So the result of that is that it is imagined that there are arguments, apart from alone faith and alone christ that can help people know God and not hate him and stop fleeing from his judgement.

    1) a practical example: How would you do “apologetics” to a homosexual? The apologetic approach to homosexuals would be a Law one that would first require, before going to the Gospel, that that person see himself as “objectively disordered”. This is in the calvin/roman sense that we inform him that he has the Image of God in him, and that the part of that Image that is damaged by the sin of homosexuality needs to be repaired to have Original Righeousness restore in him in his baptism.

    Since both Calvinists and Rome believe that the Image of God is revealed in the Law, therefore restoring the Image of God is for one to become re-conditioned to conform to the Law that reveals God´s Image. So this apologetics approach, based on the aristotelian “natural law ” of St Thomas Aquinas would drive that person to dispair most likely or entrench him in some sort of pharisaism and trust in his own inate goodness and ability to love.

    Since Lutherans believe that the Image of God is alone faith in christ alone , which was Adam´s Original Righeousness, Lutherans would take a different approach.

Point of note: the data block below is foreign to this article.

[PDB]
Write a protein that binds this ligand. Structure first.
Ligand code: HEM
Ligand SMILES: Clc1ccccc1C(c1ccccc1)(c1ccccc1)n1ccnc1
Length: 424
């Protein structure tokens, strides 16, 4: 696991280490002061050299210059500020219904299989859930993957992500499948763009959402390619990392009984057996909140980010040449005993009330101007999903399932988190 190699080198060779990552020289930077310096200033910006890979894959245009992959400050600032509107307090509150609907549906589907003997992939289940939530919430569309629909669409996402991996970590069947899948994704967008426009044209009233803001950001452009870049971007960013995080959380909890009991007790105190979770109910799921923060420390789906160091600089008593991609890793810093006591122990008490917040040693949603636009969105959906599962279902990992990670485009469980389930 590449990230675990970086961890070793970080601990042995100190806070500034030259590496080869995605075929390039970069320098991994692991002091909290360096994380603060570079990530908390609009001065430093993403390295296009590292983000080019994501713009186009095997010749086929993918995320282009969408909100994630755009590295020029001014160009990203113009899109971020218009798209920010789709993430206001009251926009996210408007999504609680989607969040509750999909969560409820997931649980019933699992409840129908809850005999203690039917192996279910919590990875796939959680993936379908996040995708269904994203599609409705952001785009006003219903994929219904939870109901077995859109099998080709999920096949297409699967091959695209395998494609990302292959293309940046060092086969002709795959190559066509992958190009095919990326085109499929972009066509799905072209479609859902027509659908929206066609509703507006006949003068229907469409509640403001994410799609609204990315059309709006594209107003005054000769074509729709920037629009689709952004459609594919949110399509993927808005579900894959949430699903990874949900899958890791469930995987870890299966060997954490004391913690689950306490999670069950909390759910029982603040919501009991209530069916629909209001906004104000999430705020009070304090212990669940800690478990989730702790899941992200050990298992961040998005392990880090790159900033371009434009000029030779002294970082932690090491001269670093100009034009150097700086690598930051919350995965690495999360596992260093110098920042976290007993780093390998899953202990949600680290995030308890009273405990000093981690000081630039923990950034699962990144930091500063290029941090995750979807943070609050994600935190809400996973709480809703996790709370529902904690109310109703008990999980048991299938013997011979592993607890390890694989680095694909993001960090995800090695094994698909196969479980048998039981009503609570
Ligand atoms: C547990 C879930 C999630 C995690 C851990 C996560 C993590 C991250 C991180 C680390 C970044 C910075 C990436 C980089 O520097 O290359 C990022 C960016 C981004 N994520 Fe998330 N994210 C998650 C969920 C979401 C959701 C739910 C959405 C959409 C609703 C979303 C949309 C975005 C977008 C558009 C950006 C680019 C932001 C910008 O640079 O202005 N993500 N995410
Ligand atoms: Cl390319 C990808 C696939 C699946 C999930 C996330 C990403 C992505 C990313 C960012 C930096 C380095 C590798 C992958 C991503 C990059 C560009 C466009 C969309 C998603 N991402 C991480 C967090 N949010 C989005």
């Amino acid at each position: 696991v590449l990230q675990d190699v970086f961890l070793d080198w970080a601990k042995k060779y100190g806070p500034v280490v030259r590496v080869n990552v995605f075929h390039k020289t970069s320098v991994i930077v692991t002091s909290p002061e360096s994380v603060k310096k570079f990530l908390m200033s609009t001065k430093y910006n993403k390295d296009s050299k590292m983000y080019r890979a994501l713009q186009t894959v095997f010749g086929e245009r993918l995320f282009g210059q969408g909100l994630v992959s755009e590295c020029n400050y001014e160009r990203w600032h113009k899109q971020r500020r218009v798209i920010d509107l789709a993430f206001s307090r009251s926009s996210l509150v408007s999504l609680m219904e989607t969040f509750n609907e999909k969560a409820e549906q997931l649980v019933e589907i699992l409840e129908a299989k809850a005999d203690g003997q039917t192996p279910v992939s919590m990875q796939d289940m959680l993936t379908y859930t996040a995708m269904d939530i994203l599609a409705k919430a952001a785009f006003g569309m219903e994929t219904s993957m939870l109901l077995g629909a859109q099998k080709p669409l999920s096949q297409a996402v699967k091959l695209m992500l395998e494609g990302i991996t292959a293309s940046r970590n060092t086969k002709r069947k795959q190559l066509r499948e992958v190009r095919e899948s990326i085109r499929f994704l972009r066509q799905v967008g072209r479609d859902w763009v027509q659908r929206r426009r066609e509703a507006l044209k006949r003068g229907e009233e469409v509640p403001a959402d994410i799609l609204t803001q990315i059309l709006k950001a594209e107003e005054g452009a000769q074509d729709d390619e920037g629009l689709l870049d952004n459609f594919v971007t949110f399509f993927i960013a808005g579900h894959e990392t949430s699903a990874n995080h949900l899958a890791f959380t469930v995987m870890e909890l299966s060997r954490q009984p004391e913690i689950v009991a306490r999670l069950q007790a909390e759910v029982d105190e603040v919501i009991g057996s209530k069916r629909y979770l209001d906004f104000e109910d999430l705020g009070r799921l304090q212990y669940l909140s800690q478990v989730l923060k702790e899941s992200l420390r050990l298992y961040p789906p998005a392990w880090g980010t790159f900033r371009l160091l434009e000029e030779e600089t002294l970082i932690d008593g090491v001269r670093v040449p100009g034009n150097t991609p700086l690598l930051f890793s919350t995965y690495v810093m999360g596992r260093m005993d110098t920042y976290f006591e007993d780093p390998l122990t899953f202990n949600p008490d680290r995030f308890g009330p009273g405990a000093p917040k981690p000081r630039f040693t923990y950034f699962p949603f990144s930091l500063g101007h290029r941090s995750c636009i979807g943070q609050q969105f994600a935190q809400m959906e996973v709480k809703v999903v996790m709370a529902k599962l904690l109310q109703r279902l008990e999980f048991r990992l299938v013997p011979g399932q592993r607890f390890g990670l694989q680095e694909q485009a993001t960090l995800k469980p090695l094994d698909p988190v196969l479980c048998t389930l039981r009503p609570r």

We would make that homosexual see that even if he could straighten up, he would still be condemned by the Law of God because he has a heart that does not have Faith in Christ but rather looks to his own works as a propitiation to God. And so even if that man or woman was not able to acknowledge their sexual or other sinning as sin, we could still tell them that the Image of God would be restored to them in Holy Baptism , or invite them to return to that Image that was given them in their Baptism in the form of trust in Christ alone. We would urge them to trust Christ alone.

    2) Faith: Often apologists miss the fact that convincing someone that jesus rose from the dead on the third day, and that all the historical facts of the bible are true is to convince someone only of what all the devils know and also believe to be true.

    In fact, this is an important Roman catholic argument as to why we cannot be saved by “faith” alone. When rome thinks of “faith”, they think of this “historical faith” not understanding that we Lutherans mean something other than this when we say that we are saved by “faith alone”.

  • http://www.thirduse.com fws

    You can put me in the category of folks who don´t get excited about apologetics.

    I think it is because most apologetics assume that the Image of God is not entirely lost in mankind.

    So the result of that is that it is imagined that there are arguments, apart from alone faith and alone christ that can help people know God and not hate him and stop fleeing from his judgement.